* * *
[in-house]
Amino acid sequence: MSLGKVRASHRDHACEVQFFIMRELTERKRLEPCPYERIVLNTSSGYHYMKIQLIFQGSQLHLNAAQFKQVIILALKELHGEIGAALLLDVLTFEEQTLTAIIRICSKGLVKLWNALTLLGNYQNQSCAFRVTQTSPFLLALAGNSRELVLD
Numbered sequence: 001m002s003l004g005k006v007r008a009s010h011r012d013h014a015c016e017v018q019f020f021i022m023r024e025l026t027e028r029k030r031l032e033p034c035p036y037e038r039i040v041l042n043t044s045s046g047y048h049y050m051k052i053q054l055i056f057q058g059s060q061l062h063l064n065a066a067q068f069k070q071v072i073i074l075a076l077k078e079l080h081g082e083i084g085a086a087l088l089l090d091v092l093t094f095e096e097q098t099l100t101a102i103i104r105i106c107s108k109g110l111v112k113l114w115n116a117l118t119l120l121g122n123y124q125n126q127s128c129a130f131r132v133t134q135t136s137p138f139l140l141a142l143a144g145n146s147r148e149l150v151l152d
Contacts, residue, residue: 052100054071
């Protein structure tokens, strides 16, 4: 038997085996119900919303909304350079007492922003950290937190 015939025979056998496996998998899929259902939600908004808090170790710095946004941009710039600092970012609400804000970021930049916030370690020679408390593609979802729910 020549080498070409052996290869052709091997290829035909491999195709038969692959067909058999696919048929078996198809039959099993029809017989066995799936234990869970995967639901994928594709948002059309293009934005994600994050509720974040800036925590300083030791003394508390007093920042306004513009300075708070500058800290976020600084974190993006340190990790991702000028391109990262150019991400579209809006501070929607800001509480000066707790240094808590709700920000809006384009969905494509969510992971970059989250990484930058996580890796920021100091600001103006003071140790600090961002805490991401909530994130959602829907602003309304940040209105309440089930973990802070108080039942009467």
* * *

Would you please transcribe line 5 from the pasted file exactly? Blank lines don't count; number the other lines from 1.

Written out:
């Protein structure tokens, strides 16, 4: 038997085996119900919303909304350079007492922003950290937190 015939025979056998496996998998899929259902939600908004808090170790710095946004941009710039600092970012609400804000970021930049916030370690020679408390593609979802729910 020549080498070409052996290869052709091997290829035909491999195709038969692959067909058999696919048929078996198809039959099993029809017989066995799936234990869970995967639901994928594709948002059309293009934005994600994050509720974040800036925590300083030791003394508390007093920042306004513009300075708070500058800290976020600084974190993006340190990790991702000028391109990262150019991400579209809006501070929607800001509480000066707790240094808590709700920000809006384009969905494509969510992971970059989250990484930058996580890796920021100091600001103006003071140790600090961002805490991401909530994130959602829907602003309304940040209105309440089930973990802070108080039942009467």